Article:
The terrorist events we have witnessed in the past few years — both prevented and carried out — serve as important reminders that we must constantly evaluate and restructure our security program capabilities. Recent incidents, such as the Ariana Grande concert attack in May, have highlighted an area of vulnerability that is easily overlooked in sports and entertainment security — egress control. Factors such as lighting, a secondary perimeter, explosive-detection, canine teams and crowd control can positively impact the ability to disrupt an attack. In order to counter the evolving threat, we must constantly adapt our approach to anticipate and defend against emerging terrorist trends.

When embarking on a risk and vulnerability assessment, what should one be looking for in their consultant?

Independence. Each venue is unique, and security directors will always have the most detailed knowledge of their own venue and its nuances. That said, familiarity could be a barrier to innovation. When solving any problem, it's crucial to look at the problem from new perspectives. When evaluating your security program, a fresh perspective is key. Hiring an outside vendor can shed new light on areas of your security program not previously recognized as vulnerable.

Knowledge of the threat spectrum. Select a consultant with demonstrated, up-to-date knowledge of the threat spectrum. They should be familiar with terrorist trends both within the United States and abroad, especially as they relate to mass gatherings and commercial facilities. It is imperative for consultants to stay abreast of the latest tactics and tradecraft, as we know that hostile actors are continually updating their methodologies. Knowledge and insight into the shifting direction of terrorist activity can help consultants anticipate emerging threats and analyze the potential consequences for your venue.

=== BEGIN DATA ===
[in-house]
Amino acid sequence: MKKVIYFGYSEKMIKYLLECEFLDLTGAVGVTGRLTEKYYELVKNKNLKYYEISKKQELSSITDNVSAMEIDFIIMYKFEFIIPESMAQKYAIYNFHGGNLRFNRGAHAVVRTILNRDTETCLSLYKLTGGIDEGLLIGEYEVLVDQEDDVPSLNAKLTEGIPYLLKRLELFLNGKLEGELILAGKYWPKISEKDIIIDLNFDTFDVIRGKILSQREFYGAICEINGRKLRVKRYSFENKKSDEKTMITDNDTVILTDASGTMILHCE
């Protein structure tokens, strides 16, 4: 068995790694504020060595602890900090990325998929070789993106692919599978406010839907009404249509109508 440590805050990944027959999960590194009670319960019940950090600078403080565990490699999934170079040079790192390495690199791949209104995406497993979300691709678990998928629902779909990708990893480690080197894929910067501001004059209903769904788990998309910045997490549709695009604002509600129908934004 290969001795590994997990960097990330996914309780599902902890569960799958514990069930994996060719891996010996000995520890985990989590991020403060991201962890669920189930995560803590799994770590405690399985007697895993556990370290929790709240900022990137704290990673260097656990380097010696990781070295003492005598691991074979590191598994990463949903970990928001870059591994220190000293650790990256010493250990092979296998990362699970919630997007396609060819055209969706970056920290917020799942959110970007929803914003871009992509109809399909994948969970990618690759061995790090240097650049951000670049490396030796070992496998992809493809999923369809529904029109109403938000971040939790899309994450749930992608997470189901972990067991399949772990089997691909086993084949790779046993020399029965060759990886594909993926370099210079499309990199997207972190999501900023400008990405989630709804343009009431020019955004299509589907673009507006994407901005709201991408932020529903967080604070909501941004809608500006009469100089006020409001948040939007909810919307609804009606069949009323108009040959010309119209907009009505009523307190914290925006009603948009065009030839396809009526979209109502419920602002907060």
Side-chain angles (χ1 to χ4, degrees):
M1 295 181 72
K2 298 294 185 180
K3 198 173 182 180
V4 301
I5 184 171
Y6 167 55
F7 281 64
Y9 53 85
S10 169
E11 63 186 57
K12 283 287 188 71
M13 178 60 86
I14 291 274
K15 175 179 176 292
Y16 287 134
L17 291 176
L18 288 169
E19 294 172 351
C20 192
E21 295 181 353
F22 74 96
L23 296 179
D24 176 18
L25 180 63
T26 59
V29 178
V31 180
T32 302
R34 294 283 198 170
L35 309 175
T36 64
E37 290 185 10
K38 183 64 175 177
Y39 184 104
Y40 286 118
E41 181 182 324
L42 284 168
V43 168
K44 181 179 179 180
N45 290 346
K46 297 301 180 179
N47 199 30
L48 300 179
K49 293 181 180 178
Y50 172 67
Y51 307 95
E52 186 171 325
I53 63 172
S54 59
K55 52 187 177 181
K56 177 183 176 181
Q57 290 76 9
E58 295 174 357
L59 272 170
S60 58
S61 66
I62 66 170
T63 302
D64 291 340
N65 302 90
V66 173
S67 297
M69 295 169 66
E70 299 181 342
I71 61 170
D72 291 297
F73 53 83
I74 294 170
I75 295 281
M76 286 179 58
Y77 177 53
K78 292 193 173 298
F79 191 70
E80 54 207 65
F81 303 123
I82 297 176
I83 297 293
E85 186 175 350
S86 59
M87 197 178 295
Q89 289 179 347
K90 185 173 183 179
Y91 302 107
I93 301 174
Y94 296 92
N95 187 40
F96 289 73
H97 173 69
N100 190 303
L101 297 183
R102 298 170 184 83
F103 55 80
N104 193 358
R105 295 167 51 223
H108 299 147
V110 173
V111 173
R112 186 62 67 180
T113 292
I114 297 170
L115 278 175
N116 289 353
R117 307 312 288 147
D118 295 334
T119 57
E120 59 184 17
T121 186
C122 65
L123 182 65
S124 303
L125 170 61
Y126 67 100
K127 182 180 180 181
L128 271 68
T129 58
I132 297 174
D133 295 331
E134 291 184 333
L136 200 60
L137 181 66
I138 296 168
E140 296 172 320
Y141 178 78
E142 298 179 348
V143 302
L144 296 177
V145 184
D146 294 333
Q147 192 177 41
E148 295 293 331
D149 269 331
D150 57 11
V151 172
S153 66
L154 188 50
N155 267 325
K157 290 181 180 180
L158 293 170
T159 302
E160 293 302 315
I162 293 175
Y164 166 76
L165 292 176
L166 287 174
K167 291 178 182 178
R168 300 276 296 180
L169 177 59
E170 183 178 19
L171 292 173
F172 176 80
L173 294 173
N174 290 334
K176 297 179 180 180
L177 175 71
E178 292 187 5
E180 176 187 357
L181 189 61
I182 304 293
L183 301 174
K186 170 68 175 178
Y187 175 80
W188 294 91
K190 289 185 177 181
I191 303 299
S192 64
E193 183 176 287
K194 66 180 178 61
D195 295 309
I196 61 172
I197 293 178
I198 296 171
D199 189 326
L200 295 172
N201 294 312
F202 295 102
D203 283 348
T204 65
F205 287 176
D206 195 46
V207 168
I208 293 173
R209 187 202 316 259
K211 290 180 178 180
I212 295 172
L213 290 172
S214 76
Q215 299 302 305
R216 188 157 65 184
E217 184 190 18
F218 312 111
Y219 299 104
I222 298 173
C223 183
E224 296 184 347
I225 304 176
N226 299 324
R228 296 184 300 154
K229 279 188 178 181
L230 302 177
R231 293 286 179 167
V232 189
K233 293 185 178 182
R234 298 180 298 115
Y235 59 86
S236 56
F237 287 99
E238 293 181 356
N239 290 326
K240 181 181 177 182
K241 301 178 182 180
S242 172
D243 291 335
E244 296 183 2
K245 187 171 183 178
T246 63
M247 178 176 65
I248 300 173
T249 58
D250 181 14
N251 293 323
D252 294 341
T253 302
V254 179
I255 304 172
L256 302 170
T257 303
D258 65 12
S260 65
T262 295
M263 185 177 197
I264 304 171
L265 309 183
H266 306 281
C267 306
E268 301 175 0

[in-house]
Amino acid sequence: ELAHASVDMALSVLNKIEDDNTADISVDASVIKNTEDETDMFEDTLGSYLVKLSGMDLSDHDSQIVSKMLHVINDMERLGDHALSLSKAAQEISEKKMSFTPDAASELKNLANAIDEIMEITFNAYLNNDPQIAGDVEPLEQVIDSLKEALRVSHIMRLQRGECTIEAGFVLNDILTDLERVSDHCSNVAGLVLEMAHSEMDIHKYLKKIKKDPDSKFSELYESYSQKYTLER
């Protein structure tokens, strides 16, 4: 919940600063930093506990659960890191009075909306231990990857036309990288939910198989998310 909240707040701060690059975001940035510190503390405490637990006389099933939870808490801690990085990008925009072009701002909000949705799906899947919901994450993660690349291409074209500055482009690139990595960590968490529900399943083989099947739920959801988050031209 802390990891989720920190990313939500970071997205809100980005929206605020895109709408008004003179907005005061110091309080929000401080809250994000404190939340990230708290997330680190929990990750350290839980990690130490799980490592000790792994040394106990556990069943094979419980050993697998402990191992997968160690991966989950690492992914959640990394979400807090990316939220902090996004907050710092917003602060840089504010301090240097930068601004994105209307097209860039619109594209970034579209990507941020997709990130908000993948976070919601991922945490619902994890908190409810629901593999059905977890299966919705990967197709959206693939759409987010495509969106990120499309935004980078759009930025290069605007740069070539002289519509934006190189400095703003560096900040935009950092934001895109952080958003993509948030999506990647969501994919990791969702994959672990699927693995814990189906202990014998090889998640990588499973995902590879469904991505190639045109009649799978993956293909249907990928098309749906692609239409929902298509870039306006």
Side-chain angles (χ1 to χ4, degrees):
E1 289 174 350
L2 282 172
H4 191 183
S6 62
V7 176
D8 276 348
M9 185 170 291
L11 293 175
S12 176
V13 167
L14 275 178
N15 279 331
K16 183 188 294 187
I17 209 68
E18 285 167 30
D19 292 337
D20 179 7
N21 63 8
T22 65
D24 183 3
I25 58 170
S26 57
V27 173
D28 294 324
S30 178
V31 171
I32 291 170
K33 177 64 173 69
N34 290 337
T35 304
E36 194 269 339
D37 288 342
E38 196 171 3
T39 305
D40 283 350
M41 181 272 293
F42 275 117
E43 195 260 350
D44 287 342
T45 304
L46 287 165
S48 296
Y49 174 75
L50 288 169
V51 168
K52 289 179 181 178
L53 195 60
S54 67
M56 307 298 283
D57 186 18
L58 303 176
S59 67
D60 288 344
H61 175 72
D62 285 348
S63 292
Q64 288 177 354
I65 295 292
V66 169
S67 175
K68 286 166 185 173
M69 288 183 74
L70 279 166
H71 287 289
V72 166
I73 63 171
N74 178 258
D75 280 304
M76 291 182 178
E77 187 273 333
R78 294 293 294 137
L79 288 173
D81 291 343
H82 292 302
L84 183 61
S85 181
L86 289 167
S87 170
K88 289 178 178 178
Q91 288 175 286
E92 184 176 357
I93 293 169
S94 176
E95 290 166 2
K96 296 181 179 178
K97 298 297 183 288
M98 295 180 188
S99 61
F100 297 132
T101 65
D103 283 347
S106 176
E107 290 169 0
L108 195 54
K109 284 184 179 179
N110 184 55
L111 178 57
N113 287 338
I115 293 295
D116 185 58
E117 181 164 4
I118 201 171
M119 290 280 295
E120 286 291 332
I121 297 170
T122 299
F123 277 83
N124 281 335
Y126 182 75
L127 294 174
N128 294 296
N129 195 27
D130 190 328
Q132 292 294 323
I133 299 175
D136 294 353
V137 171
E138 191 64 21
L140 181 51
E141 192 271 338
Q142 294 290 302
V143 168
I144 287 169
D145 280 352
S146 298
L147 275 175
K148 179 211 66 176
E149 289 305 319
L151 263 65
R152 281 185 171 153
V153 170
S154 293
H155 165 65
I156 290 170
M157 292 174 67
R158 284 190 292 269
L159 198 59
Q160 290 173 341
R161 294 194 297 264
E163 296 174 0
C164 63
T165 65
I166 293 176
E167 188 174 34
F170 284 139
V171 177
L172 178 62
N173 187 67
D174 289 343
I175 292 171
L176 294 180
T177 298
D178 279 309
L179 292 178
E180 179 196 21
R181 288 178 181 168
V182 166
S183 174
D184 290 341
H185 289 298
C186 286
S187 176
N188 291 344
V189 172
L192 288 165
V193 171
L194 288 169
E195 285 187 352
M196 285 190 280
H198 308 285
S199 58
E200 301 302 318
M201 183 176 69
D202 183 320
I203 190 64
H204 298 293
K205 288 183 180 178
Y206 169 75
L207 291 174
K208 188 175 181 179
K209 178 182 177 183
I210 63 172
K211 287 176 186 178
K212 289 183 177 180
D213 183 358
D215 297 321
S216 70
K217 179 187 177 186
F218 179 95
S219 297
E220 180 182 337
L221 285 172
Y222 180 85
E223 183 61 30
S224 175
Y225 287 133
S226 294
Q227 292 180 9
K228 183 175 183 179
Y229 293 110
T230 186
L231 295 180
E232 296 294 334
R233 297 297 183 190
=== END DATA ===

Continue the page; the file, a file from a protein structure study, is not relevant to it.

Experience in the sports and entertainment sector. Past performance is integral. Your consultant should have experience performing risk and vulnerability assessments for sports and entertainment venues specifically. The areas of concern at these types of venues vary greatly from other locations, such as corporate or retail spaces. It is an added benefit if the consultant has experience on the other side of the equation: managing sports and entertainment venue security themselves. This provides a complete perspective that is ideal when evaluating risk and vulnerability.

Understanding the significance of the risk and vulnerability assessment, and what needs to be done during this initial stage, is critical to finding the right consultant partner who has sophisticated knowledge of your facility type and of the nuances of an ever-evolving threat landscape.

NCS4 suggests these best practices for ensuring perimeter control and protection:

• Conduct area crime analysis to objectively determine what problems exist, on both event days and non-event days.

• Develop close coordination between facility staff and local law enforcement.

• Arrange to have marked police vehicles parked randomly outside critical facility assets.

• Identify Concentric Circles of Security (CCS), with inner, middle and outer perimeters.

• The inner circle would typically encompass everything from the facility exterior wall/fence inward. (The playing surface within the inner perimeter is considered a separate high-security area.)

• The middle circle would typically encompass everything from the exterior wall/fence outward to at least 100 feet (if possible).

• The outer circle would typically encompass everything from the 100-foot line to the property line or other arbitrary border — a minimum of 500 feet should be established where possible.

• Maintain emergency ingress/egress routes for public safety vehicles.


This article originally appeared in the October 2017 issue of Athletic Business with the title "Assessments: The first step in protecting your venue." Athletic Business is a free magazine for professionals in the athletic, fitness and recreation industry. Click here to subscribe.